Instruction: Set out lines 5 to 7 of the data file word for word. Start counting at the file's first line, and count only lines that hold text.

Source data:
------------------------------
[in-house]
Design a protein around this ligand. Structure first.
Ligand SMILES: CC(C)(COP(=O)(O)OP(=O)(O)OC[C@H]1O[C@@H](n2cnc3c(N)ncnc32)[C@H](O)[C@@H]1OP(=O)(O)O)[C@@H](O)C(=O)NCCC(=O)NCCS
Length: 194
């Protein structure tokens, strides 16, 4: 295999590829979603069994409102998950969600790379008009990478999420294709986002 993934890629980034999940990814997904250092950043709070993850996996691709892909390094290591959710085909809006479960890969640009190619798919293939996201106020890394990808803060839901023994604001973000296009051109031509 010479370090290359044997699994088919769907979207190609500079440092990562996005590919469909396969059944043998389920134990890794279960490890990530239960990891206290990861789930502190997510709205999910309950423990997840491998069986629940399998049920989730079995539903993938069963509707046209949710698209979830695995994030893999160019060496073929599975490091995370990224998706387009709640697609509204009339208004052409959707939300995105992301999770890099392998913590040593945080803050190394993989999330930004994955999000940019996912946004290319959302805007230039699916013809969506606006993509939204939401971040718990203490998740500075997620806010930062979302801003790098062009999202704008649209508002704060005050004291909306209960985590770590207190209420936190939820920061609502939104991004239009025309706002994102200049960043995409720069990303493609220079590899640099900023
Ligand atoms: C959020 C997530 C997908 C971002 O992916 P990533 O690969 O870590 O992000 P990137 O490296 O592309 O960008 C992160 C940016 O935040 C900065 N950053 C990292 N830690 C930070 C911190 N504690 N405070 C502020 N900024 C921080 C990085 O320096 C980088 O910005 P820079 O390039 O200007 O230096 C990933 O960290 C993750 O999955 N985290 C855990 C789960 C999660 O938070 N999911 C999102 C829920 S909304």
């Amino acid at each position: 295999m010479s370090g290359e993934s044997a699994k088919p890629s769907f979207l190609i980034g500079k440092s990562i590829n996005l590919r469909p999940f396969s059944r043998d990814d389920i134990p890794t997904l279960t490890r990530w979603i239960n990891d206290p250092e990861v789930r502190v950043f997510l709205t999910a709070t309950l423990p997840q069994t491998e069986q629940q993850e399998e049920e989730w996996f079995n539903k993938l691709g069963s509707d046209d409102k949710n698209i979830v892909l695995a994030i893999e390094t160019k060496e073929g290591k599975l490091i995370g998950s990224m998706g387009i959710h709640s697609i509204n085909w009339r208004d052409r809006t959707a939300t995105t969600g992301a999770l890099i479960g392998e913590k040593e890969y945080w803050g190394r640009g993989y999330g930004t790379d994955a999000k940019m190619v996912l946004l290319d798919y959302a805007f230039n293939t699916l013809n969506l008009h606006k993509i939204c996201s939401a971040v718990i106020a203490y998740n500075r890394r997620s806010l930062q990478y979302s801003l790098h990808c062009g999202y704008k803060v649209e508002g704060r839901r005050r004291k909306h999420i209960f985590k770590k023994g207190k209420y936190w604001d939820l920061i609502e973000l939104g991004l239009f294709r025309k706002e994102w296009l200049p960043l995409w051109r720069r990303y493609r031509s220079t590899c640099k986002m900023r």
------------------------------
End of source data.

């Protein structure tokens, strides 16, 4: 295999590829979603069994409102998950969600790379008009990478999420294709986002 993934890629980034999940990814997904250092950043709070993850996996691709892909390094290591959710085909809006479960890969640009190619798919293939996201106020890394990808803060839901023994604001973000296009051109031509 010479370090290359044997699994088919769907979207190609500079440092990562996005590919469909396969059944043998389920134990890794279960490890990530239960990891206290990861789930502190997510709205999910309950423990997840491998069986629940399998049920989730079995539903993938069963509707046209949710698209979830695995994030893999160019060496073929599975490091995370990224998706387009709640697609509204009339208004052409959707939300995105992301999770890099392998913590040593945080803050190394993989999330930004994955999000940019996912946004290319959302805007230039699916013809969506606006993509939204939401971040718990203490998740500075997620806010930062979302801003790098062009999202704008649209508002704060005050004291909306209960985590770590207190209420936190939820920061609502939104991004239009025309706002994102200049960043995409720069990303493609220079590899640099900023
Ligand atoms: C959020 C997530 C997908 C971002 O992916 P990533 O690969 O870590 O992000 P990137 O490296 O592309 O960008 C992160 C940016 O935040 C900065 N950053 C990292 N830690 C930070 C911190 N504690 N405070 C502020 N900024 C921080 C990085 O320096 C980088 O910005 P820079 O390039 O200007 O230096 C990933 O960290 C993750 O999955 N985290 C855990 C789960 C999660 O938070 N999911 C999102 C829920 S909304």
């Amino acid at each position: 295999m010479s370090g290359e993934s044997a699994k088919p890629s769907f979207l190609i980034g500079k440092s990562i590829n996005l590919r469909p999940f396969s059944r043998d990814d389920i134990p890794t997904l279960t490890r990530w979603i239960n990891d206290p250092e990861v789930r502190v950043f997510l709205t999910a709070t309950l423990p997840q069994t491998e069986q629940q993850e399998e049920e989730w996996f079995n539903k993938l691709g069963s509707d046209d409102k949710n698209i979830v892909l695995a994030i893999e390094t160019k060496e073929g290591k599975l490091i995370g998950s990224m998706g387009i959710h709640s697609i509204n085909w009339r208004d052409r809006t959707a939300t995105t969600g992301a999770l890099i479960g392998e913590k040593e890969y945080w803050g190394r640009g993989y999330g930004t790379d994955a999000k940019m190619v996912l946004l290319d798919y959302a805007f230039n293939t699916l013809n969506l008009h606006k993509i939204c996201s939401a971040v718990i106020a203490y998740n500075r890394r997620s806010l930062q990478y979302s801003l790098h990808c062009g999202y704008k803060v649209e508002g704060r839901r005050r004291k909306h999420i209960f985590k770590k023994g207190k209420y936190w604001d939820l920061i609502e973000l939104g991004l239009f294709r025309k706002e994102w296009l200049p960043l995409w051109r720069r990303y493609r031509s220079t590899c640099k986002m900023r």